Session Type: Poster Session (Sunday)
Session Time: 9:00AM-11:00AM
Background/Purpose: Over a third of RA patients are managed with long-term oral glucocorticoids (GC), defined as daily GC use for ≥3 months. Due to dose-dependent toxicity concerns, current ACR guidelines for RA management recommend tapering GC when possible. Despite this, GC tapering is under-studied in RA. This is particularly true among patients with established RA ( >2 years’ duration) who use long-term GC. These patients often have high cumulative GC exposure levels and GC-associated comorbidities, and are prone to withdrawal symptoms when GC are tapered. Our aim was to review existing clinical trials that evaluate GC tapering in RA.
Methods: We searched clinicaltrials.gov for registered studies of oral GC use in RA patients since 2008 (Fig. 1). In addition, we reviewed studies captured by a previous systematic review of clinical trials of GC tapering in RA, which included years 1972 to 2011 .
Results: Results: 2300 entries from clinicaltrials.gov were screened (Fig. 1-2). 179 entries evaluated GC, and 11 evaluated oral GC tapering. Five additional studies were identified from the previous systematic review, for a total of 16 studies. Of the 11 clinicaltrials.gov entries, seven incorporated GC tapers as induction treatment or bridge therapy for early RA patients (Table 1). Two entries did not specify starting GC dose or taper duration. One entry (NCT02573012) compared RA disease activity among patients on tocilizumab randomized to continue vs. stop vs taper off long-term oral GC. The last (NCT02997605) compared efficacy of prednisone vs. hydrocortisone tapers in allowing RA patients to discontinue long-term oral GC. Of the five studies identified from the previous systematic review, three incorporated GC tapers as induction treatment for early RA patients. The remaining two studies compared RA disease activity (Tengstrand et al) or radiographic progression (Pincus et al) among patients randomized to continue vs taper off long-term GC. Of the 16 studies reviewed, only one (NCT02997605) evaluated GC withdrawal symptoms as a secondary outcome. Another (Tengstrand et al) allowed for slower GC taper if “withdrawal symptoms” occurred, but did not specify how these were defined.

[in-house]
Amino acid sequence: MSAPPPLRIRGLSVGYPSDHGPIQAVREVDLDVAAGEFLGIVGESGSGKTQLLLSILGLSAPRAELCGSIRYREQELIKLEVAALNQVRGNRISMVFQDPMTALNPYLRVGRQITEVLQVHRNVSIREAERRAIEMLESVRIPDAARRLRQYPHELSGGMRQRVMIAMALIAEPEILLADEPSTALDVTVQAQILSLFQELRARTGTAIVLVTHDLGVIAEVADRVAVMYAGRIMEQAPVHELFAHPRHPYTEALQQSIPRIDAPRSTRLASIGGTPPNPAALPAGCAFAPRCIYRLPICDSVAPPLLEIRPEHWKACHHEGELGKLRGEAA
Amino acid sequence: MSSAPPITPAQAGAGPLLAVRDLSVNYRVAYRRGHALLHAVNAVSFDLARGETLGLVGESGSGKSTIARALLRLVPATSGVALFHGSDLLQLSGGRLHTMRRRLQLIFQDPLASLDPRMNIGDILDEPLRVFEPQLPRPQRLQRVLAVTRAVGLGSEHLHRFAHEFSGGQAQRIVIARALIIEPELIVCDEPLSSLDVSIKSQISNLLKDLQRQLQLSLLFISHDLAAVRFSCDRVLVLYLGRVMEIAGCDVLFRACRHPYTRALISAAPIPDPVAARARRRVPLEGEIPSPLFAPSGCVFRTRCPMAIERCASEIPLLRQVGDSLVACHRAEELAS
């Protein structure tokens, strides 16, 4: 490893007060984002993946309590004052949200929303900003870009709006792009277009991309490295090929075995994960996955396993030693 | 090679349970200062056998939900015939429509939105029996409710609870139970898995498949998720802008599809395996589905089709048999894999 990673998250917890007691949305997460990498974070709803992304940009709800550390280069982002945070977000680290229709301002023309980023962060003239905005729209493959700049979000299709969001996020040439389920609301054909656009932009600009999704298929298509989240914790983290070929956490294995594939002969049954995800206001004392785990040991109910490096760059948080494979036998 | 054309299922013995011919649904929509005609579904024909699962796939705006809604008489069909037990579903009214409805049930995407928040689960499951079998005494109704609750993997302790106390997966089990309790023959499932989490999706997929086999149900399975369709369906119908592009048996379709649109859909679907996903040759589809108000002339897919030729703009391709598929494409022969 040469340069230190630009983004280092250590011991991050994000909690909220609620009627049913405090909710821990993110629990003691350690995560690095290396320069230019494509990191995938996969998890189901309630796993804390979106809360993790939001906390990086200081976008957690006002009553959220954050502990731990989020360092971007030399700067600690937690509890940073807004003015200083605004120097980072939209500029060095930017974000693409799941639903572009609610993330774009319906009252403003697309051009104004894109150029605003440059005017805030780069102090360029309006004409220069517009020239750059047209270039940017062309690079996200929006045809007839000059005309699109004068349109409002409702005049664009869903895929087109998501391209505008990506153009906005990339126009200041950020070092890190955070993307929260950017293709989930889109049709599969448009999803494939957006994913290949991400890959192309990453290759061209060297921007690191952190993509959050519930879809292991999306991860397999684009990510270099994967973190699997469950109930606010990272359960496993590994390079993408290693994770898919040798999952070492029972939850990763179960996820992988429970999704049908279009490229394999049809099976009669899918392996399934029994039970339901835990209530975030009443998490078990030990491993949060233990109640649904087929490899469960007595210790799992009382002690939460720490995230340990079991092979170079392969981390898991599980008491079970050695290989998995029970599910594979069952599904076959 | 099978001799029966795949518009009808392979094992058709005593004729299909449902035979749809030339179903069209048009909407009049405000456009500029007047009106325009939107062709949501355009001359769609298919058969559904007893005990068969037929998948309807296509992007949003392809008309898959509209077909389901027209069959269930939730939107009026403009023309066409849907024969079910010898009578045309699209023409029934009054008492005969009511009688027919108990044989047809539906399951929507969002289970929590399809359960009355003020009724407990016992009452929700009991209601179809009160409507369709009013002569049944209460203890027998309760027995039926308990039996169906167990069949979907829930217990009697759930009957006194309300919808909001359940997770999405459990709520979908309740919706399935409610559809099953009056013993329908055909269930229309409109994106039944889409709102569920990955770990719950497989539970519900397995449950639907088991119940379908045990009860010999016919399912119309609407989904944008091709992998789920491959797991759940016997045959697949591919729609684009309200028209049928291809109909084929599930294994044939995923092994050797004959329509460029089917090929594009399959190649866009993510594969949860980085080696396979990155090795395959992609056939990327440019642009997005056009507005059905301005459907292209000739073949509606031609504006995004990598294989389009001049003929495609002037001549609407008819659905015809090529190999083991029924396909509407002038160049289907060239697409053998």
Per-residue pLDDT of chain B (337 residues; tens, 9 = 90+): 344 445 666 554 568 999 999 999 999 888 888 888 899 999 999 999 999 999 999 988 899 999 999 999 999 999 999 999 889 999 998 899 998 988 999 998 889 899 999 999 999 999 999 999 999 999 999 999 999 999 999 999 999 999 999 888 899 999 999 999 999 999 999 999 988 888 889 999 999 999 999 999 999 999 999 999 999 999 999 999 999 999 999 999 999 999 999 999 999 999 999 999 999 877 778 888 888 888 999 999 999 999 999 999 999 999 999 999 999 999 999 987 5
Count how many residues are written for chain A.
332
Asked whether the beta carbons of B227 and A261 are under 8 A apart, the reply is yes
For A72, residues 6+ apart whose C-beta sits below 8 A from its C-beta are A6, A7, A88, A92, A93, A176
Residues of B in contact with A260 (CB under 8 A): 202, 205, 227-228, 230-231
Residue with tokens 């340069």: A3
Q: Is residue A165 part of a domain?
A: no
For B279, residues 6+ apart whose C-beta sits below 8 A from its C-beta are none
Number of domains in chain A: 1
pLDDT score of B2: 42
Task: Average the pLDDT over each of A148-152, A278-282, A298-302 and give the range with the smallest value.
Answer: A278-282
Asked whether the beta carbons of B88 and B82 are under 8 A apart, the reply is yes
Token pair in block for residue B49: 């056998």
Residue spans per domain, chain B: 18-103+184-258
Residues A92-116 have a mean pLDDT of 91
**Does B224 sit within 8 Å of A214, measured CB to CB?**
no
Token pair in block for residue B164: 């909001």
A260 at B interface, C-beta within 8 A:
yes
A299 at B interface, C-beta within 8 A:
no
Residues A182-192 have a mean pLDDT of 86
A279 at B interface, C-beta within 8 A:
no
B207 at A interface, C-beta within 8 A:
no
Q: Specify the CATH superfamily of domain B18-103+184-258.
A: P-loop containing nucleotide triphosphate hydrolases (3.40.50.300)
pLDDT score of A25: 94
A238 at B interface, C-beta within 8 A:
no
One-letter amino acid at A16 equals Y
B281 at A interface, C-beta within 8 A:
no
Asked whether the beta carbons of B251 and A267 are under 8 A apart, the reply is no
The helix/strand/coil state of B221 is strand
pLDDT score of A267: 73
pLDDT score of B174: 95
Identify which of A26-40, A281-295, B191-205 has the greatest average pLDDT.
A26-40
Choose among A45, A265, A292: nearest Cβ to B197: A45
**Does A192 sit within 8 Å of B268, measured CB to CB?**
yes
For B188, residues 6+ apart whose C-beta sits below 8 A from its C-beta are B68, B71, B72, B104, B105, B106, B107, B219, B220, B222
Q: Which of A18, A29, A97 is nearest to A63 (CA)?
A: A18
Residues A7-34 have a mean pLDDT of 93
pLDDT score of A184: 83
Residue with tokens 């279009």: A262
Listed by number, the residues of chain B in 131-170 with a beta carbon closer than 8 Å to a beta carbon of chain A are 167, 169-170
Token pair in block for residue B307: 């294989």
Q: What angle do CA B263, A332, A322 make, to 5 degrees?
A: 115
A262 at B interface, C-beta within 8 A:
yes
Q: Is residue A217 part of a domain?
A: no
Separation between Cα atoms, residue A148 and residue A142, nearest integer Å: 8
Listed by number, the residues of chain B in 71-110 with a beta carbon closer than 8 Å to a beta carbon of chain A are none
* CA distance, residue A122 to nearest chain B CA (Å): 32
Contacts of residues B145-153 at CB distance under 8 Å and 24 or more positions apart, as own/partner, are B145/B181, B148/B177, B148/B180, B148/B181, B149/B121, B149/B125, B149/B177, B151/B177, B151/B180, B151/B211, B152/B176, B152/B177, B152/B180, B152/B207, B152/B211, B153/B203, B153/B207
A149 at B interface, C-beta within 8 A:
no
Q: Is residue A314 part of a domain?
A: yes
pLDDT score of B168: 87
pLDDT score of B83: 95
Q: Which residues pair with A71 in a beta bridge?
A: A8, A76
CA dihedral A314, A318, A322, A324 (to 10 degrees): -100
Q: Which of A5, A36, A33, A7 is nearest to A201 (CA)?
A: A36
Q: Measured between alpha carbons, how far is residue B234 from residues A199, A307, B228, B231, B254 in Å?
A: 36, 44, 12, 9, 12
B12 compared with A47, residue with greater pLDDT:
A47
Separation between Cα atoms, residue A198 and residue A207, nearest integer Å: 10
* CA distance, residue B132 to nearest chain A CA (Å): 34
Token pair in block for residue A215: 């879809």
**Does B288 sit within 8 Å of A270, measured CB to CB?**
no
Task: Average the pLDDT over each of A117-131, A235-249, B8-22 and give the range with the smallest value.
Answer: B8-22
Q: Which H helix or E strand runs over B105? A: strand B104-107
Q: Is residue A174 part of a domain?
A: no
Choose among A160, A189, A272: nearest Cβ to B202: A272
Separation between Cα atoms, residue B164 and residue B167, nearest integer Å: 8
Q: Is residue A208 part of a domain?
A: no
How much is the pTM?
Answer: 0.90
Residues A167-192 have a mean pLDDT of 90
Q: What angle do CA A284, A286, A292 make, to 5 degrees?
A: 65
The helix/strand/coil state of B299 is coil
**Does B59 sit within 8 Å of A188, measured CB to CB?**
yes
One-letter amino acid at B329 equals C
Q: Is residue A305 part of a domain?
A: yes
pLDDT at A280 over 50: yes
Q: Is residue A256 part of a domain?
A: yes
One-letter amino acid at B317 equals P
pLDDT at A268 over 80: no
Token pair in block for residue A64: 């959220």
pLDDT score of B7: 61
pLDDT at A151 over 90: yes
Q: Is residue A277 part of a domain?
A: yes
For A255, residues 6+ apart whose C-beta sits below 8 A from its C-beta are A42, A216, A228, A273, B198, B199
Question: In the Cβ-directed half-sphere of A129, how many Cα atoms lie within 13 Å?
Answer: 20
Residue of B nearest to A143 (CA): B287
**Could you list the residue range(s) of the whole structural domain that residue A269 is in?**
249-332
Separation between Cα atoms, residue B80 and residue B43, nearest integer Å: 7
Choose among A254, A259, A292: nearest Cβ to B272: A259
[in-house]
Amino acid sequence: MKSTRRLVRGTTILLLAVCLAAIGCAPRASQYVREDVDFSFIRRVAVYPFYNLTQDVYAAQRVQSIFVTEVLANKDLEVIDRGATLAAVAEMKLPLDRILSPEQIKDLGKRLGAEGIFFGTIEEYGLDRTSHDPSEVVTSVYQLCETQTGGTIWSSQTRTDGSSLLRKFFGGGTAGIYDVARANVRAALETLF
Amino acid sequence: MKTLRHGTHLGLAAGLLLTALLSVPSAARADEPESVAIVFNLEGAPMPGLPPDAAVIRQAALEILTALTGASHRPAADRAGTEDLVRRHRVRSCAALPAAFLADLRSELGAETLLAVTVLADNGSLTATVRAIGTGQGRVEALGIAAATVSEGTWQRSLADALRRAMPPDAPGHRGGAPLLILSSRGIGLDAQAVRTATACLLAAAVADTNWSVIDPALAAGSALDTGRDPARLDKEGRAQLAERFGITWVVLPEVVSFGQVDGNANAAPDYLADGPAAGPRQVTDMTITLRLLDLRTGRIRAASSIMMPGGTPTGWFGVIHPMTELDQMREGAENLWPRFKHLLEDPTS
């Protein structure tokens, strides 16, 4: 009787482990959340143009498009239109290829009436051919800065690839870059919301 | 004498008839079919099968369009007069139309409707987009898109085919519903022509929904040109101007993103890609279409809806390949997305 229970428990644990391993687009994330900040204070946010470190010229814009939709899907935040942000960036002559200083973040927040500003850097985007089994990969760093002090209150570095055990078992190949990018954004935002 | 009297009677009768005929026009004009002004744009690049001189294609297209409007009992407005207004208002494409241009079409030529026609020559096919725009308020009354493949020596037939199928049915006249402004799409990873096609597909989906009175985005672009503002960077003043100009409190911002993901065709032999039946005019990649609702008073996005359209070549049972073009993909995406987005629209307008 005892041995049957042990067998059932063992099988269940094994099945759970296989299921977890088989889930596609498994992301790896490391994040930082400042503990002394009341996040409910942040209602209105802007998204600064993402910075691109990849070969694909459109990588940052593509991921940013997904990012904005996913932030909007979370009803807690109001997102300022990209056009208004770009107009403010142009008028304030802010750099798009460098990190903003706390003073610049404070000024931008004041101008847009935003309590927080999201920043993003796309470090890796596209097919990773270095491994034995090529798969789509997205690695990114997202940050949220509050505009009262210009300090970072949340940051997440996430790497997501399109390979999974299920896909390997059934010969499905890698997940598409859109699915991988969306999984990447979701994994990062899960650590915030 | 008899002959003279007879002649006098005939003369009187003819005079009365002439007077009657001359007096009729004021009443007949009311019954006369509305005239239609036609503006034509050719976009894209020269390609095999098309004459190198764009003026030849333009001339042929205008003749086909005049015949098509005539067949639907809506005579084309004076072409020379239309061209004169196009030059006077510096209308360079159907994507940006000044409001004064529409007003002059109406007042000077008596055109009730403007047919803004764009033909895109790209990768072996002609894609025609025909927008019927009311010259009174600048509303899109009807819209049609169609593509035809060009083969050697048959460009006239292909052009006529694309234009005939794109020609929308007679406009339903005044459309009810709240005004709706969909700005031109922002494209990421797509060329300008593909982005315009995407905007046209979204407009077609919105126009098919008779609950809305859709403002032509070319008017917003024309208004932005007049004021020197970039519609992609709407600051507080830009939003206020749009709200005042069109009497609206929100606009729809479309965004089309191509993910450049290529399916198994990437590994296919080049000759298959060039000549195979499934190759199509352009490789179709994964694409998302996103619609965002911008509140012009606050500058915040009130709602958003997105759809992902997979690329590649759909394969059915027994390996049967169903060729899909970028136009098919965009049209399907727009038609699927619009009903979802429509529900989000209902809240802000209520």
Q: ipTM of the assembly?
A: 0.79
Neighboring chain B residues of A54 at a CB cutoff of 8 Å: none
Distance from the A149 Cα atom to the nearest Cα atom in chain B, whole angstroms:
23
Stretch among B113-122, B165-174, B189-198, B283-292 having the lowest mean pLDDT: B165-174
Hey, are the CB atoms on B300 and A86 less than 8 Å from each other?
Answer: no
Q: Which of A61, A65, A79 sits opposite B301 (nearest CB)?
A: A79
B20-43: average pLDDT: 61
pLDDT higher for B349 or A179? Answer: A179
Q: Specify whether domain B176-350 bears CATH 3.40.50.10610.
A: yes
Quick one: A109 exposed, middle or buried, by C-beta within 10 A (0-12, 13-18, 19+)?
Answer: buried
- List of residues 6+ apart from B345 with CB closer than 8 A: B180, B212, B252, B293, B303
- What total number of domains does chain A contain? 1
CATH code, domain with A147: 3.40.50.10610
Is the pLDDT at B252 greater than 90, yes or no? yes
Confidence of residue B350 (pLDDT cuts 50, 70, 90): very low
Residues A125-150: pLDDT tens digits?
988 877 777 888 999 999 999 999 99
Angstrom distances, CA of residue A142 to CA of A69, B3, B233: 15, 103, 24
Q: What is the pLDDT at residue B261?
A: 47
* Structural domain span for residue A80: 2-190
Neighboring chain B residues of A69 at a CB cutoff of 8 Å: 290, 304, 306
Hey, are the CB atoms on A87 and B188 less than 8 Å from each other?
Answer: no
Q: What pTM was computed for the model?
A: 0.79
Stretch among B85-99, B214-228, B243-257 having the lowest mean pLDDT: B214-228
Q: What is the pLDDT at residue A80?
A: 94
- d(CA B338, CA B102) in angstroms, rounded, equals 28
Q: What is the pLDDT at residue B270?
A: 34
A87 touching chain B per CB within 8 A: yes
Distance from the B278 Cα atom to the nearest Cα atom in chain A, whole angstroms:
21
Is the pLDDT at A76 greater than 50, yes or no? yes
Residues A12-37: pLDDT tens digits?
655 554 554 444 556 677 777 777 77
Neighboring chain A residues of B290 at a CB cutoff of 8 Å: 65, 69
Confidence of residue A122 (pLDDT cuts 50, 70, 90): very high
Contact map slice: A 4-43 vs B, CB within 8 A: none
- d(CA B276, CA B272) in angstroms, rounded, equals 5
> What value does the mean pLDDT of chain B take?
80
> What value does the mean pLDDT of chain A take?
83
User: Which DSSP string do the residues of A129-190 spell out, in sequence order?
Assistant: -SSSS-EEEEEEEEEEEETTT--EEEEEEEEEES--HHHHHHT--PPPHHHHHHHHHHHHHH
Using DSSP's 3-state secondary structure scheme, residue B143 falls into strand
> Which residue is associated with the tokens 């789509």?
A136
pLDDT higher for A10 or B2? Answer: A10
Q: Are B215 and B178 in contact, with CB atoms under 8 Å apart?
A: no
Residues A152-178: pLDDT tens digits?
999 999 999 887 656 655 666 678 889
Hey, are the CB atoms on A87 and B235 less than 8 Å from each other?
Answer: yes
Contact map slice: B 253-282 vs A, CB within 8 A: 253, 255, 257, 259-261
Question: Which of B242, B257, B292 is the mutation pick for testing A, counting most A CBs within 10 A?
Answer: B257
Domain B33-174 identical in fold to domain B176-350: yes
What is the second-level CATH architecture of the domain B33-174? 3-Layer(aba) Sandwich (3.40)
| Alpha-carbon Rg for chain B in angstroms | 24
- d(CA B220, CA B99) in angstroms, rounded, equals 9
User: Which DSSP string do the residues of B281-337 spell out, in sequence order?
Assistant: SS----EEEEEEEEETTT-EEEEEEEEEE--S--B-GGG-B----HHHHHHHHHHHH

Conclusion: There is little published trial data to guide clinicians attempting to taper long-term GC among patients with established RA. We identified only one trial directly comparing two GC tapering regimens, which is currently unpublished. Further work is needed to develop data-driven protocols for GC tapering that account for GC withdrawal symptoms.
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- Singh JA, Saag KG, Bridges SL, Jr., Akl EA, Bannuru RR, Sullivan MC, et al. 2015 American College of Rheumatology Guideline for the Treatment of Rheumatoid Arthritis. Arthritis & rheumatology. 2016 Jan; 68(1):1-26.
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To cite this abstract in AMA style:Wallace B, Wallace D, Waljee A, Clauw D. Evidence to Guide Glucocorticoid Tapering Is Lacking in RA [abstract]. Arthritis Rheumatol. 2019; 71 (suppl 10). https://acrabstracts.org/abstract/evidence-to-guide-glucocorticoid-tapering-is-lacking-in-ra/. Accessed May 28, 2020.
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